An important US Department of Agriculture report issued on Thursday shows the impact that widespread drought is having on livestock supply and beef production in the US, both this year and next.
The USDA expects total beef production for 2011 is currently estimated at 11.9 million tonnes, 0.3 percent lower than a year ago.
The latest estimate was just 72,000t lower than what USDA projected back in July but it is 1.8pc higher than the forecast issued in January.
As the year 2011 year has unfolded, some of the assumptions made by USDA, particularly with regard to cow slaughter and heifer retention, did not materialise, US analyst Len Steiner, from Chicago Mercantile Exchange said.
Drought conditions across much of the Southern Plains forced producers to liquidate stock. As drought pressures mounted, US cattlemen were forced to place cattle on feed earlier than normal. This accelerated production gains and added more kilograms to total beef output, Mr Steiner said.
Despite the higher than expected 2011 production, however, US cattle prices have managed to hit record levels, in large part due to strong exports. USDA is forecasting beef exports for 2011 at 1.233 million tonnes, 18pc higher than a year ago. Back in January, USDA forecasted 2011 beef exports at 1.11mt.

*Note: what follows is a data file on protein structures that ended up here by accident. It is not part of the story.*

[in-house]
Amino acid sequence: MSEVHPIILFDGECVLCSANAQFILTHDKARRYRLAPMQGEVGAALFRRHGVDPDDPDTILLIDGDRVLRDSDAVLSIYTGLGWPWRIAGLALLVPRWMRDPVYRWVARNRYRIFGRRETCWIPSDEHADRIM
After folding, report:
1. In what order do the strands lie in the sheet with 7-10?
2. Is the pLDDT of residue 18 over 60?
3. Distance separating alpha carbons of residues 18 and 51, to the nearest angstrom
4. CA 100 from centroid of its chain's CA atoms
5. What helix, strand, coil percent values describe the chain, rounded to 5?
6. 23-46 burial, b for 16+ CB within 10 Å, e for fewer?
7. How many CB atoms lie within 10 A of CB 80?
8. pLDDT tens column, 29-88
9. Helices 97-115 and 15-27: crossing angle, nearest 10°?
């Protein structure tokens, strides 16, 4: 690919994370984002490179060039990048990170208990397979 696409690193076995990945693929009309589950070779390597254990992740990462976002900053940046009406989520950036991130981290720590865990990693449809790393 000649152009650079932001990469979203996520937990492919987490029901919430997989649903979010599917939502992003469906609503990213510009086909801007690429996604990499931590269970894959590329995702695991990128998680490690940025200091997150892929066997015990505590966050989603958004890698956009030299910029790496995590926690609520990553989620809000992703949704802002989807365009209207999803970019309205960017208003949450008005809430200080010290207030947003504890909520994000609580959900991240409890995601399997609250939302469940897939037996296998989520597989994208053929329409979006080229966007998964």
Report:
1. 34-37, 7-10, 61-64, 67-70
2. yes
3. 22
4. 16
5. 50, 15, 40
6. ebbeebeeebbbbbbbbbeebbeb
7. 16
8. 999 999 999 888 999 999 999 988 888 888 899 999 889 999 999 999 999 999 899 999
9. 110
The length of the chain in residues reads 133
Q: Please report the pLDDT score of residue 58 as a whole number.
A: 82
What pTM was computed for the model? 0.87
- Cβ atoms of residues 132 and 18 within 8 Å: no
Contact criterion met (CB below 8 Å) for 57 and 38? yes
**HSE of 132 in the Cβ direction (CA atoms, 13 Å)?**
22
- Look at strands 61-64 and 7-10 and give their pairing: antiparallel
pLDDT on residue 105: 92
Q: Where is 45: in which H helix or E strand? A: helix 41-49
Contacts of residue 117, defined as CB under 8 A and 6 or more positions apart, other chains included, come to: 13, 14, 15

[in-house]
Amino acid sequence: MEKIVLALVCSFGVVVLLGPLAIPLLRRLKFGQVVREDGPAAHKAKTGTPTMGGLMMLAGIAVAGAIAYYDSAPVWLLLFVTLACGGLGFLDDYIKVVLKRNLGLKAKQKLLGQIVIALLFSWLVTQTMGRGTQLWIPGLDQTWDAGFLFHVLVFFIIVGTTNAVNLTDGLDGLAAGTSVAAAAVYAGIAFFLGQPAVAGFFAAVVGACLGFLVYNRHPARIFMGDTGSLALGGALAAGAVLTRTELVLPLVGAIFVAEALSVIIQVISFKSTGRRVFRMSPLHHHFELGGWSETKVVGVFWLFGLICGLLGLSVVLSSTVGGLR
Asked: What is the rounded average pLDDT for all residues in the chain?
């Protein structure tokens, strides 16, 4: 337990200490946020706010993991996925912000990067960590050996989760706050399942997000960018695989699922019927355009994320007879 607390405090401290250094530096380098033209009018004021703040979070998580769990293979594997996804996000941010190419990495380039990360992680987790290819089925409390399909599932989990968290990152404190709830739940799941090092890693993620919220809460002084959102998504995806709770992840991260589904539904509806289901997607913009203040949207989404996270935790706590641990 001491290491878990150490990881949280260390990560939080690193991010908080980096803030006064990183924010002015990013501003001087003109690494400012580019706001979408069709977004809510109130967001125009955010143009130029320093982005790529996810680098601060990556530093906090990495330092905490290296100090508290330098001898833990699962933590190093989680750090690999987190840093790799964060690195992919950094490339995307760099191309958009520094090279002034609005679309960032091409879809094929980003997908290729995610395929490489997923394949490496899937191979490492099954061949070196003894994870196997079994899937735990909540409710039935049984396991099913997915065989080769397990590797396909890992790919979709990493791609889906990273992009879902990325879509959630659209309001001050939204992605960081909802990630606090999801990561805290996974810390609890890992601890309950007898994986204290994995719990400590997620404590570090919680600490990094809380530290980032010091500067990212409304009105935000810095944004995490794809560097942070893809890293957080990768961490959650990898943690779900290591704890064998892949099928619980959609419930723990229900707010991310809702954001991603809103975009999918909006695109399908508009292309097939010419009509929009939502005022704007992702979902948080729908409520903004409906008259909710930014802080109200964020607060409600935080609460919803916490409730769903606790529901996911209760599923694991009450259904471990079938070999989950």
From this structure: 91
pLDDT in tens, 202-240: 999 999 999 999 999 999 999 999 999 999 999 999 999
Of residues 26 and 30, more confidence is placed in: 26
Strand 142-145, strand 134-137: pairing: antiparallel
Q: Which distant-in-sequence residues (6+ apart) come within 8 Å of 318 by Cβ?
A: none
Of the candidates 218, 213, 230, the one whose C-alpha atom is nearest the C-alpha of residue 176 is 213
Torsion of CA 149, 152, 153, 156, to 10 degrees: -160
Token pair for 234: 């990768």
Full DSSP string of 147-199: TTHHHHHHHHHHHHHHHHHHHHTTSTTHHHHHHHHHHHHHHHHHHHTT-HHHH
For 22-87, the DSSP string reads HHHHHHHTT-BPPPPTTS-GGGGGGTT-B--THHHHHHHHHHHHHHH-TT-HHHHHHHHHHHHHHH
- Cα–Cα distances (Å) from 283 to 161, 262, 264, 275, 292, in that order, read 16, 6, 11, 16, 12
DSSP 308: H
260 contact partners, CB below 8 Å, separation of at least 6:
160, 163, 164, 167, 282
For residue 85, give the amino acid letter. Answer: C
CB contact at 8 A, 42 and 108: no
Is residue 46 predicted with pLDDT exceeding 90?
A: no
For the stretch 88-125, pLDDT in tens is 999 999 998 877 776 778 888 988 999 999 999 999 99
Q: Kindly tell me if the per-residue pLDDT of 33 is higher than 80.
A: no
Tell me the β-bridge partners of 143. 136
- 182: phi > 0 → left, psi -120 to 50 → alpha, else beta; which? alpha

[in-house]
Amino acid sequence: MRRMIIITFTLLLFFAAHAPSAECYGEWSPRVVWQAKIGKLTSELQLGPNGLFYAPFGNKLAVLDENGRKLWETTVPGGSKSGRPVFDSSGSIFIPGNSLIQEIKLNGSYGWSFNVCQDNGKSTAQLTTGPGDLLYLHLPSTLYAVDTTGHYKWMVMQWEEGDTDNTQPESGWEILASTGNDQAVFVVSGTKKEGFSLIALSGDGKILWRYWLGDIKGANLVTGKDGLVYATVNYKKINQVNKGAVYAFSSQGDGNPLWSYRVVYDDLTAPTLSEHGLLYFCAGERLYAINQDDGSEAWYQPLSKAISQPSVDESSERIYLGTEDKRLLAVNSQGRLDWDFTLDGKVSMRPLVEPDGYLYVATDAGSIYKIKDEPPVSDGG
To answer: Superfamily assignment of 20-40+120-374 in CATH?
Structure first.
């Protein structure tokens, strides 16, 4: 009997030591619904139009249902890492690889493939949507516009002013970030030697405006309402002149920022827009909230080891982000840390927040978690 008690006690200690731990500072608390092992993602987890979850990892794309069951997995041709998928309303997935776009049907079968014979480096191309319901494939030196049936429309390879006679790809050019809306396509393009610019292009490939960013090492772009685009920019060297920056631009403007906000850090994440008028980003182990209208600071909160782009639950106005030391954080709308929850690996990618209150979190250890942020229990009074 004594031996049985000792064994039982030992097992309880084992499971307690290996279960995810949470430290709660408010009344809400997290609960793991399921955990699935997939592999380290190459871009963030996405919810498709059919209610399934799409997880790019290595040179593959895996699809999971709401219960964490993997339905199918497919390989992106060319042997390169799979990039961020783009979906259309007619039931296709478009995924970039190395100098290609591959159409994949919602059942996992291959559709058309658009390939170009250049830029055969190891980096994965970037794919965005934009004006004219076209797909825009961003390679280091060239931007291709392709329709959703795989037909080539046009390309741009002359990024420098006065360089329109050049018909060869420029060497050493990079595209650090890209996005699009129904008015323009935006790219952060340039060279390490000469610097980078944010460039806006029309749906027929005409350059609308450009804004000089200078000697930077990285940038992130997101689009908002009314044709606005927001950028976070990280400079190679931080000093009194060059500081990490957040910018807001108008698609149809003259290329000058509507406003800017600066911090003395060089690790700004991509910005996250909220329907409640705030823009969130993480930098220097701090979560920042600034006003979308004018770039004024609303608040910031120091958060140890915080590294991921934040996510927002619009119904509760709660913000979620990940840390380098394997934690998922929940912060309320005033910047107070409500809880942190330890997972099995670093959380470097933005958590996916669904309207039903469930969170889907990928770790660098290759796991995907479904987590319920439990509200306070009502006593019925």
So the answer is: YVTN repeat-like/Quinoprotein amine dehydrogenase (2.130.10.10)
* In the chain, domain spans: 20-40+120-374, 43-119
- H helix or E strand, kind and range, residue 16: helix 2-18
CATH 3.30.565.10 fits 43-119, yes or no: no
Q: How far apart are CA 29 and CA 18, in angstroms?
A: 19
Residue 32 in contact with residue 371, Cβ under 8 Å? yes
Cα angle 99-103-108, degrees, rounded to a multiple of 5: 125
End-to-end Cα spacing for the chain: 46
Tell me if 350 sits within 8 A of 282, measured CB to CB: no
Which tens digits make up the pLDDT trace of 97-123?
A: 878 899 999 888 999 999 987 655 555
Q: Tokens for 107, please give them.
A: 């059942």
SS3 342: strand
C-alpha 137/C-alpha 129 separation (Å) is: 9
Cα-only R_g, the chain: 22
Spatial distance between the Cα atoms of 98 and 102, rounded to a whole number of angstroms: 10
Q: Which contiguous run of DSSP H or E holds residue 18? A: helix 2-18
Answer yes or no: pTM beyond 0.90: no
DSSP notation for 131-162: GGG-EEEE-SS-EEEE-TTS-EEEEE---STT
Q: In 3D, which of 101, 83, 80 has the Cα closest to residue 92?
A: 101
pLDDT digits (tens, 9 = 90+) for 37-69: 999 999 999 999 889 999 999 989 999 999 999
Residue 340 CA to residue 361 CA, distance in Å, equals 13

For 2012, USDA forecasts beef production at 11.4mt, 4.3pc less than the 2011 estimate. The reduction likely represents expectations for yet another year of declining calf numbers as well as some herd rebuilding following years of liquidation, Mr Steiner said.
“The latter greatly depends on weather conditions. With projected record high corn prices, cow-calf operators will try to keep calves on pastures and also add heifers – but only if there is plentiful grass to be had,” he said.
- Click on the image below for a clearer view of the US prouction trends
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